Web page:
U.S. officials retrace Russian Federation threat to 2016 elections
- Author: Carolyn Briggs Jun 25, 2017,
Jun 25, 2017, 19:24
At a forum hosted by the House Homeland Security Committee on Thursday, Johnson responded to Trump's tweets but did not say whether he felt the president had twisted his words, adding that he would "leave that to the journalists".
Officials with the Department of Homeland Security and Federal Bureau of Investigation told the Senate Intelligence Committee on Wednesday that Russian Federation targeted the election systems of 21 states previous year.
Russian hackers targeted 21 U.S. states' election systems in the 2016 presidential race, a USA official told Congress on Wednesday, but a former official testified that a video of Donald Trump bragging of sexual conquests distracted attention from Washington's warnings. But Trump has long vented at the FBI and about congressional investigations into Russian efforts to influence the election and whether anyone affiliated with his campaign colluded with the Kremlin.
President Donald Trump questions why the Obama administration didn't try to stop Russian interference in the 2016 election. "Why didn't they stop them?" the president tweeted, shortly following with "... "It's all a big Dem HOAX", he tweeted.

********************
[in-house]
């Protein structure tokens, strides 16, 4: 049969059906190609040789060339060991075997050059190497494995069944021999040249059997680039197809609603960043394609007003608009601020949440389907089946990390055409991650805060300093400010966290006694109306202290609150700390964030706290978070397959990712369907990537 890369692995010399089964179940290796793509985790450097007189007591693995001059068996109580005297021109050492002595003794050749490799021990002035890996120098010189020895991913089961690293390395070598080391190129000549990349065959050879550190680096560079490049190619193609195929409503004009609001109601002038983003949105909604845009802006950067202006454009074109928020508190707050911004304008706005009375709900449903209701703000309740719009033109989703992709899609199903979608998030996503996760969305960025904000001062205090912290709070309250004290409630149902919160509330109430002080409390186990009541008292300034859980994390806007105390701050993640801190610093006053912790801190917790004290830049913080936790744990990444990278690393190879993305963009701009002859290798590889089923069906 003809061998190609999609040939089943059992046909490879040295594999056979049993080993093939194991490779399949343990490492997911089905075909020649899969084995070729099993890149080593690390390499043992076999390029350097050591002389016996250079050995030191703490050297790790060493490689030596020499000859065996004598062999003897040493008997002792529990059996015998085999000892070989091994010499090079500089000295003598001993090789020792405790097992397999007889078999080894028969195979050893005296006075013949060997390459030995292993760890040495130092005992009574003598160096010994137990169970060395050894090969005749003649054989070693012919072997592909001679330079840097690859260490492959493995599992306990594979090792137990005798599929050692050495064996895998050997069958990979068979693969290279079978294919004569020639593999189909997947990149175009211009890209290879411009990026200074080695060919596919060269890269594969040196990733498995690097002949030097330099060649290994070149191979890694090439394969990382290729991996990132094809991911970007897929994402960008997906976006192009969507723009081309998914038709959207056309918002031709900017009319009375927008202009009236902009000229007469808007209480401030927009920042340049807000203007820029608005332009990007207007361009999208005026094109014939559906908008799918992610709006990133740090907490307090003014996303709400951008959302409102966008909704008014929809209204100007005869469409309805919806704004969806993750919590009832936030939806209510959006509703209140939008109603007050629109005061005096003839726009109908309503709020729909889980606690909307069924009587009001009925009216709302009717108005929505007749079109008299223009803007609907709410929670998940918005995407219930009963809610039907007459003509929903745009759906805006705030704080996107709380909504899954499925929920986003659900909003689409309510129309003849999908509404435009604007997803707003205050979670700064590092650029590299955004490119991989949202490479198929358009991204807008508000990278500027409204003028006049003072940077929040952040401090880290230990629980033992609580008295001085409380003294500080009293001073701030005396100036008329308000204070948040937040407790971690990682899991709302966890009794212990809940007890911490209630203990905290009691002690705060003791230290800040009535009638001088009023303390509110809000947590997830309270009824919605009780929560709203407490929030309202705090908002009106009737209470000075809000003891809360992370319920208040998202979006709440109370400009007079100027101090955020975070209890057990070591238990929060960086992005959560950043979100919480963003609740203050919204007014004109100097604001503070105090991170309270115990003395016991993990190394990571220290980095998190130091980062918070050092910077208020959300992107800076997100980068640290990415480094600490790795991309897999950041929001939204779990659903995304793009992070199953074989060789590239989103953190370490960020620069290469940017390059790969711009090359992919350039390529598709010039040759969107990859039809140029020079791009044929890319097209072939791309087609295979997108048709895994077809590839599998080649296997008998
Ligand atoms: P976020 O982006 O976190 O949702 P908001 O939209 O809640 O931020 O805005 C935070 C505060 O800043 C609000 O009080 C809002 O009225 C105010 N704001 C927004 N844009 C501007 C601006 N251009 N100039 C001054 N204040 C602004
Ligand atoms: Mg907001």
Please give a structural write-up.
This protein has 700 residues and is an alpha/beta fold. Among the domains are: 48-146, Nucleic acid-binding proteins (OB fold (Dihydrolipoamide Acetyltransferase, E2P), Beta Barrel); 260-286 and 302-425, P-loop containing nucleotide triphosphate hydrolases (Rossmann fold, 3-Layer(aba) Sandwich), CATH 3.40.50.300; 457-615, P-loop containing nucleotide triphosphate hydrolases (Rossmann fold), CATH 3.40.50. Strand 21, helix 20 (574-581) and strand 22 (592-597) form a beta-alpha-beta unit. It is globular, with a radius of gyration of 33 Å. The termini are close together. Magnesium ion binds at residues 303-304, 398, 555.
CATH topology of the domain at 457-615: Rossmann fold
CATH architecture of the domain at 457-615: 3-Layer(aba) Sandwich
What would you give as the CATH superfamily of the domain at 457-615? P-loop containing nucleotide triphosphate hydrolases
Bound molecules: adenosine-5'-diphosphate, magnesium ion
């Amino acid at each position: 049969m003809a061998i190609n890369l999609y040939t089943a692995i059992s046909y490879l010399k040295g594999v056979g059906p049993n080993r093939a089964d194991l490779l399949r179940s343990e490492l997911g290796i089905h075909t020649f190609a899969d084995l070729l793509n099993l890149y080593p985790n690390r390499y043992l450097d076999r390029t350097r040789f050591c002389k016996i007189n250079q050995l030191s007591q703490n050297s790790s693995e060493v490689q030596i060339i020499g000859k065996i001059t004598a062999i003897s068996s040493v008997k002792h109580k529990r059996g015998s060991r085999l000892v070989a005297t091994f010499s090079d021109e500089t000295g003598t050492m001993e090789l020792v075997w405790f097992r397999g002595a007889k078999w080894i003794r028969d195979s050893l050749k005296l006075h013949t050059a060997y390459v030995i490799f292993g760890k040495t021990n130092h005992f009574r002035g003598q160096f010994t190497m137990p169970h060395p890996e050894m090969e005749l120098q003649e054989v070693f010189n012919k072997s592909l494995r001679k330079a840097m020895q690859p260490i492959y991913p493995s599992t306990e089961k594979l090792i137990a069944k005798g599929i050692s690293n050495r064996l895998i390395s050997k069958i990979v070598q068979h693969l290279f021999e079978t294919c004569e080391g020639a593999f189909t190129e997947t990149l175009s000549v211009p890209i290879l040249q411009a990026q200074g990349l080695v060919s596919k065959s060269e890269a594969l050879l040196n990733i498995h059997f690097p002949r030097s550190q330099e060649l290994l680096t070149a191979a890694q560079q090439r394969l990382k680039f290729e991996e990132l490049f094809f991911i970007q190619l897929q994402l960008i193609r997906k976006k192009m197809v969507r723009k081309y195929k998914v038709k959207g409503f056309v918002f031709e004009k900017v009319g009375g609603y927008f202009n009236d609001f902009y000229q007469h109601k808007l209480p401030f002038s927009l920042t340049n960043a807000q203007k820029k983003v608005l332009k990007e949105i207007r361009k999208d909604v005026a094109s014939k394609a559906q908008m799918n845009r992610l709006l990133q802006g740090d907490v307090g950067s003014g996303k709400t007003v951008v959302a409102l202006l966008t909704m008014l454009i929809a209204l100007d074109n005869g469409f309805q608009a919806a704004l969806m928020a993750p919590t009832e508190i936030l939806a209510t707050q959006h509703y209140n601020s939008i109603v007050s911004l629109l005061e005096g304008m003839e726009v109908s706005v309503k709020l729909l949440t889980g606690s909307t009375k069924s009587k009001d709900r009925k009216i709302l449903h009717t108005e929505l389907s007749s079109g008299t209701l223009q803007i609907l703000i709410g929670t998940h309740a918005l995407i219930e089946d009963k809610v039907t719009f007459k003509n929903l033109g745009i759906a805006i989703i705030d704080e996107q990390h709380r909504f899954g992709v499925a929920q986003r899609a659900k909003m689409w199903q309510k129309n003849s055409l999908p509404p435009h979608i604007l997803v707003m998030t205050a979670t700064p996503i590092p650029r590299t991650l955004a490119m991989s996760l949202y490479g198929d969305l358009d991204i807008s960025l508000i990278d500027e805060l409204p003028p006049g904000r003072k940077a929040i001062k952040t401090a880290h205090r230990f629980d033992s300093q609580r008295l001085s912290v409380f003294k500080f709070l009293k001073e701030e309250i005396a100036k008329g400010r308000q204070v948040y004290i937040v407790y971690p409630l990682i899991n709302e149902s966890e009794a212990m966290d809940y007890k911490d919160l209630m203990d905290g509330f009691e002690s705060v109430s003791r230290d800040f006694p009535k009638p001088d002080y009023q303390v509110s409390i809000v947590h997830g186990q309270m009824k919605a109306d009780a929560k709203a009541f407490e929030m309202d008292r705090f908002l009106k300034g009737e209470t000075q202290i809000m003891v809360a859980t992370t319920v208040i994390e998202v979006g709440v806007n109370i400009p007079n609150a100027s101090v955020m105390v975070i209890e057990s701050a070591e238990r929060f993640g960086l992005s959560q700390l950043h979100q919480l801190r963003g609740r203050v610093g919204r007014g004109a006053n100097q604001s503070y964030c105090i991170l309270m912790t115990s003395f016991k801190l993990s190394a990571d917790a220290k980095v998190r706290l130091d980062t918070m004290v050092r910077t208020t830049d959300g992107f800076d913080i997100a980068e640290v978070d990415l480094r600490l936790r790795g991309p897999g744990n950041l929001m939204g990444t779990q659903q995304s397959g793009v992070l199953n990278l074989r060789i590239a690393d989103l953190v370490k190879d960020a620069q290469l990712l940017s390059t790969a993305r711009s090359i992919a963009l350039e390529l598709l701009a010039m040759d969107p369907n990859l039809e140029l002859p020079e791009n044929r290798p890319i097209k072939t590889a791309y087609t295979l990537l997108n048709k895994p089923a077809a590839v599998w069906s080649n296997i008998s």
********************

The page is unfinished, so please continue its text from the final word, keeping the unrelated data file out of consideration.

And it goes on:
"As of right now, we have evidence that election-related systems in 21 states were targeted", Manfra told the Senate Intelligence Committee in a separate hearing on Wednesday. "Most of the intelligence products that are relied upon to form certain assessments, that underlying data was available in 2016, some of it before the election".
Last September, the DHS told The Associated Press that hackers believed to be Russian agents had targeted voter registration systems in more than 20 states. "So anything I'd have on that is derivative of what the intelligence community has - and the law enforcement community".
"The big issue, and let's not lose sight of it, the big issue is the cyber intrusions on our democracy a year ago and how to prevent that from happening in the future for the sake of our democracy", Johnson added.
In his testimony, Johnson said the DNC shrugged off the help.
Dean confirmed Oklahoma election officials met a year ago with Homeland Security, which offered an array of cybersecurity options.
Congressman Trey Gowdy, who sits on the Committee, is baffled as to why DNC officials wouldn't take Johnson up on the offer and wonders what they may have been hiding.
Johnson said Russian hacking didn't change election totals, but he can't be sure other meddling didn't influence public opinion.
Bill Priestap, assistant director of the Federal Bureau of Investigation counterintelligence division, said the FBI is investigating the hackers' targeting efforts.